- tenderness over thoracic muscles-exercising, push ups
- especially in a previously sedentary client
palpation: fremitus and expansion
- -diminished vibrations-obstruction of the tracheobronchial tree
- -decreased fremitus-emphysema
- Anterior chest expansion
- hyperresonance-emphysema, pneumothorax
- Dullness-consolidation, pleural effusion, tumor
- auscultate for anterior breath sounds, adventitious sounds, and voice sounds
- do not attempt to listen through clothing or other materials
analysis of data
- selected nursing diagnoses
- selected collaborative problems
- case study
- Bordered superiorly by the costal margins
- inferiorly by the symphysis pubis and inguinal canals
- laterally by the flanks
- four quadrants-right upper quadrant (RUQ), right lower (RLQ), left lower (LLQ), left upper (LUQ)
- 2 imaginary lines (vertical/midline; horizontal/lateral)
- regions commonly used-epigastric, umbilical, hypogastric or suprapubic
right upper quadrant
- ascending and transverse colon
- duodenum; gallbladder; hepatic flexure of colon; liver
- pancreatic head; pylorus; right adrenal gland
- right kidney; right ureter
right lower quadrant
- ascending colon; cecum
- right kidney
- right ovary and tube
- right ureter
- right spermatic cord
left upper quadrant
- left adrenal gland
- left kidney
- left ureter
- pancreas, spleen, stomach
- transverse descending colon
left lower quadrant
- left kidney
- left ovary and tube
- left ureter
- left spermatic cord
- descending and sigmoid colon
abdominal wall muscles
- 3 muscle layers from back, around flanks, to front: external and internal abdomens oblique, transverse abdominus
- Abdominal wall muscles: protect internal organs; allow normal compression of internal organs during functional activities
- Parietal peritoneum; visceral peritoneum
- different body systems:
- -reproductive (female)
- -lymphatic and urinary
- Solid viscera: liver, pancreas, spleen, adrenal glands, kidneys, ovaries, uterus
- Hollow viscera: stomach, gallbladder, small intestine, colon, bladder
- Palpation of abdominal viscera depends on location, structural consistency, size
- Viscera normally not palpable
- -pancreas; spleen; stomach;gallbladder; small intestine
- Vascular structures: abdominal aorta, right and left iliac arteries
- abdominal pain
- factors that precipitate pain or make it worse
- description and location of pain
- other symptoms
- recent weight gain or loss
- -Abdominal surgery/trauma/injury/medications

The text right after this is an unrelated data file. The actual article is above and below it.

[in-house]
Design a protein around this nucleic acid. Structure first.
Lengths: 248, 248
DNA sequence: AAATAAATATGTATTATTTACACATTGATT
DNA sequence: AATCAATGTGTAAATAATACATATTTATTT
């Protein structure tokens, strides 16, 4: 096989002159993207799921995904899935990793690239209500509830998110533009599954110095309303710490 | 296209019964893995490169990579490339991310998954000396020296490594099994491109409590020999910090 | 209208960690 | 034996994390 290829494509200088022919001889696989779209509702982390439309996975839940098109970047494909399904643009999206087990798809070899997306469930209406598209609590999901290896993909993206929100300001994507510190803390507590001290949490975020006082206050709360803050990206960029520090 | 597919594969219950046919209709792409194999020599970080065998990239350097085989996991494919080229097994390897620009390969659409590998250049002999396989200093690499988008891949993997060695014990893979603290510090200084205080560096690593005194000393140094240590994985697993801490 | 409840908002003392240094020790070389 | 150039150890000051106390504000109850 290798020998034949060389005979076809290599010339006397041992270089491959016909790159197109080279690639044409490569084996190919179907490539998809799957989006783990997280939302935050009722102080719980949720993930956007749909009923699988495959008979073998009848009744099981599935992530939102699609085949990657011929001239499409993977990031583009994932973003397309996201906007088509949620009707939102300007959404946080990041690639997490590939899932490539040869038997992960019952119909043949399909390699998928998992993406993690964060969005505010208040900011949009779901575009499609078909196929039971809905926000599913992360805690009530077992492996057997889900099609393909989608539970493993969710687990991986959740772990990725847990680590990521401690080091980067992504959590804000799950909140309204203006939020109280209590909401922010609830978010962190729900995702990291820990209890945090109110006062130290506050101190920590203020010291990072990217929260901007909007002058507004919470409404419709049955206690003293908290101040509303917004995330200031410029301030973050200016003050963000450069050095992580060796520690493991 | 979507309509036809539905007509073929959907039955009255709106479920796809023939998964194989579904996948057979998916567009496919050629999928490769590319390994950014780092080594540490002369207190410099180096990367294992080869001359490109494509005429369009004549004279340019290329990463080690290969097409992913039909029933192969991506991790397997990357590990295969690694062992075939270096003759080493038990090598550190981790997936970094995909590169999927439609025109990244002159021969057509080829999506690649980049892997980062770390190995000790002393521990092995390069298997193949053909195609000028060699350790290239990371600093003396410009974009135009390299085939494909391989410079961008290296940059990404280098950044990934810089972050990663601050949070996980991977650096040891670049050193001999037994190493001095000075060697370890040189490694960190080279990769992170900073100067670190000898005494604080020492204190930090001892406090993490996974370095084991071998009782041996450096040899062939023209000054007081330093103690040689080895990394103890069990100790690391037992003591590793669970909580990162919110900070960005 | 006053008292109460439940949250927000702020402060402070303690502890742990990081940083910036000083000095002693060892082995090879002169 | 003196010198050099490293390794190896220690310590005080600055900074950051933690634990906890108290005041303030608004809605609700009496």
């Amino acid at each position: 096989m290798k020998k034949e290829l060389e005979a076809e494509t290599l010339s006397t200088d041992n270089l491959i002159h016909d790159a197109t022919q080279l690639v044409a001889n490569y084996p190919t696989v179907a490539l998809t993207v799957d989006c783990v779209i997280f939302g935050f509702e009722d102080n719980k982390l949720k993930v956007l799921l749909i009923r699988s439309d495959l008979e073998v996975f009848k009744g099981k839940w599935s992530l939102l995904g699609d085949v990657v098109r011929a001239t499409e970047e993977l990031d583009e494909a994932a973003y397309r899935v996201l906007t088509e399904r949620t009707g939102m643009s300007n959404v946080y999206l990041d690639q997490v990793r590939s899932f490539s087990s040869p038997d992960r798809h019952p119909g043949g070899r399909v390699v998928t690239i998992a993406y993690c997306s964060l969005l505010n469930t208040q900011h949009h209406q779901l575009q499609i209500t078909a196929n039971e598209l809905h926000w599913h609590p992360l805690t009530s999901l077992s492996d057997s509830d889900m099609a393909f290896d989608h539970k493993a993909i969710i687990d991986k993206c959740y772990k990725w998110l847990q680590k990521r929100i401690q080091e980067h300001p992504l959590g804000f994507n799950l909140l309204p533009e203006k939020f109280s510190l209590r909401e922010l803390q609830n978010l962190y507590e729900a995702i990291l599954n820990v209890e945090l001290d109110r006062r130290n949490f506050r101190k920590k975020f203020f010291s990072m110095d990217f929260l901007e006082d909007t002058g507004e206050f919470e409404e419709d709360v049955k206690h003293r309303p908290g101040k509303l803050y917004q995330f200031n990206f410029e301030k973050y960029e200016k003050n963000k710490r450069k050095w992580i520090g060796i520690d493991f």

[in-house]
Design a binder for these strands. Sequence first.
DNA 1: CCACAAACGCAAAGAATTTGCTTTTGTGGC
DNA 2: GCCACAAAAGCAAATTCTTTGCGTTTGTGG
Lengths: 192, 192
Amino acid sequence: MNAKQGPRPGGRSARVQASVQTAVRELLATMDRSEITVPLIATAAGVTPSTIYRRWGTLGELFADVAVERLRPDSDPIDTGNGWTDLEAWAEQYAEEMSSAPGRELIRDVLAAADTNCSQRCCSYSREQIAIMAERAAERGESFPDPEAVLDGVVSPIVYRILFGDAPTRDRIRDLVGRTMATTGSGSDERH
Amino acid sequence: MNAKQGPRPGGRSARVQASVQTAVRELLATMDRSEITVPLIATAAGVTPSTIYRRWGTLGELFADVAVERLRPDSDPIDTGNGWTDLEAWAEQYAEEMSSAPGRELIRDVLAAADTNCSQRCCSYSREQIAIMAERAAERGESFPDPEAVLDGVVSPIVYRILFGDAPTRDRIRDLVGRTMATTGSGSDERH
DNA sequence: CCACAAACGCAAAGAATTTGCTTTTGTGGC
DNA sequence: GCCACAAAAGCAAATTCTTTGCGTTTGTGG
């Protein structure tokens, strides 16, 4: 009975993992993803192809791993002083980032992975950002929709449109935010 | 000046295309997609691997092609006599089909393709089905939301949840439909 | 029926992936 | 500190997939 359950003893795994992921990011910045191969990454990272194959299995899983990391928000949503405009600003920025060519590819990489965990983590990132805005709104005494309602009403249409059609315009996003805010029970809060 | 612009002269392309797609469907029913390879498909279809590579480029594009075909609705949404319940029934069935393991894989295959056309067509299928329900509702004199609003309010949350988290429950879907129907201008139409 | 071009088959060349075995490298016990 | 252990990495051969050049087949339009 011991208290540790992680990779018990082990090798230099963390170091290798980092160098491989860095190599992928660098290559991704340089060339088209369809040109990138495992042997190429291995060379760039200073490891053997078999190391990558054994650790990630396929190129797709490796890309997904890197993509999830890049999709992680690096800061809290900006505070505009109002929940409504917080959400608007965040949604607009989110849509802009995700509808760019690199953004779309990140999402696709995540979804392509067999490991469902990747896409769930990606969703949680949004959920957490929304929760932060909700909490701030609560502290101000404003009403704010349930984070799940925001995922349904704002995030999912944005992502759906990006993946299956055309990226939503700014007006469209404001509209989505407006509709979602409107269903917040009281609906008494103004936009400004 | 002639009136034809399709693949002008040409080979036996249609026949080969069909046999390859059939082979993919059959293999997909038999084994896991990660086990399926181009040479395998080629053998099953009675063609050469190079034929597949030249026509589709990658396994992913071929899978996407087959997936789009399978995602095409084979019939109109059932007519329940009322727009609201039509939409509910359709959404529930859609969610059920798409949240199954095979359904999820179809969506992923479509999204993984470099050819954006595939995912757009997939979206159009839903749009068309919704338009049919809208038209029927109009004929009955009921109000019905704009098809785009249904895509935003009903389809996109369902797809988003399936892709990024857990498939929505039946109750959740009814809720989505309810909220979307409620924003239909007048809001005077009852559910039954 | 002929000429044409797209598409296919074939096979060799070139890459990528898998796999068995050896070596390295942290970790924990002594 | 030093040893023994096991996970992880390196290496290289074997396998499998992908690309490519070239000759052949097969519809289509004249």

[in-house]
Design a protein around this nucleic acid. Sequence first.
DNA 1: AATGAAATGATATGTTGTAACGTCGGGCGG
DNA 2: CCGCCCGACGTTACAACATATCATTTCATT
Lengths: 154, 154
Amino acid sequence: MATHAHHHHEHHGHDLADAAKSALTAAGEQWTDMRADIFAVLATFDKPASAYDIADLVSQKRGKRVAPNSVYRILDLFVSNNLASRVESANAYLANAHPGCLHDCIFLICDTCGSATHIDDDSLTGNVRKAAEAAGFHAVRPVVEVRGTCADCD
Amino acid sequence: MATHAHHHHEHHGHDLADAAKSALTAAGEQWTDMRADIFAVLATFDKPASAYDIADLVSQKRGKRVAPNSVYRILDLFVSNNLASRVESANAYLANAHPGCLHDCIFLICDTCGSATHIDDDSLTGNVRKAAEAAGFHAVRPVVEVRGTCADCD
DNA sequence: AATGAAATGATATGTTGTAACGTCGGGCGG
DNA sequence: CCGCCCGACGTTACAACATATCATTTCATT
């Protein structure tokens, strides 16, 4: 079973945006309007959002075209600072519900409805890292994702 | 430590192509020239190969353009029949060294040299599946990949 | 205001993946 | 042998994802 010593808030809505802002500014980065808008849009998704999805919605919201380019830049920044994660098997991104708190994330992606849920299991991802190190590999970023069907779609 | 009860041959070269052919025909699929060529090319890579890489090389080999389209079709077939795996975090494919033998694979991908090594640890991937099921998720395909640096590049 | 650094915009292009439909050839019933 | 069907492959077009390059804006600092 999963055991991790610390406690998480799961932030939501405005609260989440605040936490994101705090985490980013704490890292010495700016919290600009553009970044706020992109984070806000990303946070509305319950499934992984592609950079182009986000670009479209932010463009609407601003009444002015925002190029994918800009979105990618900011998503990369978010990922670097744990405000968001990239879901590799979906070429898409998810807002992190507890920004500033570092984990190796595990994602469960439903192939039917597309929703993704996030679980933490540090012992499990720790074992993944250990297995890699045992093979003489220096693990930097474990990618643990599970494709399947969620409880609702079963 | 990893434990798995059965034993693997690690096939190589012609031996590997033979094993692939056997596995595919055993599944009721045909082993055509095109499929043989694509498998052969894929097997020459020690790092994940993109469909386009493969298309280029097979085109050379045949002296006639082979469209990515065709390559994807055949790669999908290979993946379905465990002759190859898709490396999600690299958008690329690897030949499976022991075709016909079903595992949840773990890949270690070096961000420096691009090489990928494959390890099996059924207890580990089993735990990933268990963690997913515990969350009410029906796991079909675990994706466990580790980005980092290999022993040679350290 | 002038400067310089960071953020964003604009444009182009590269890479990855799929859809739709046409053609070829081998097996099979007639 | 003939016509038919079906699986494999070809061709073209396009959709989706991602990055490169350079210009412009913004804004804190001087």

- -abdominal pain and treatment
- -lab work or GI studies
- -Stomach, colon, liver cancer
- -Abdominal pain, appendicitis, colitis, bleeding, hemorrhoids
- -Nutrition responsible in family
lifestyle and health problems
smoking, alcohol use, diet, antacid, medications, fluid intake, exercise, stress
Mechanism and sources of abdominal pain
- Types of pain:
Preparing the client
- Empty the bladder
- remove cloths and to put on a gown
- lie supine with the arms folded across the chest or resting by the sides
- drape the client
- breath through the mouth; take slow, deep breaths
- Small pillow or rolled blanket
- centimeter ruler
- stethoscope (warm the diaphragm and bell)
- marking pen
- observe the coloration of the skin
- note the vascularity of the abdominal skin
- note any striae
- inspect for scars
- assess for lesions and rashes
- Inspect: umbilicus, abdominal contour, abdominal movements when client breathes
- Assess abdominal symmetry
- Observe aortic pulsations
- Observe for peristaltic waves
- auscultate for:
- bowel sounds, vascular sounds, friction rub over the liver and spleen
- percuss for tone
- percuss the span or height of the liver by determining its lower and upper borders
- percuss the spleen
- perform blunt percussion on the liver
- perform light palpation
- deeply palpate all quadrants to delineate abdominal organs and detect subtle mass
- palpate for masses
- palpate the umbilicus and surrounding area for swellings, bulges or masses
- Palpate: aorta, liver, spleen, kidneys, urinary bladder
Special abdominal tests
- test for ascites:
- test for shifting dullness
- use ballottement technique
- -single-hand method
- -bimanual method
- test for appendicitus:
- -rebound tenderness
- -Rovsing's sign
- -Referred rebound tenderness
- -Psoas sign; obturator sign
- -Perform hypersensitivity test
- Test for cholecystitis:
- -Murphy's sign
- -Accentuated sharp pain causes the client to hold breath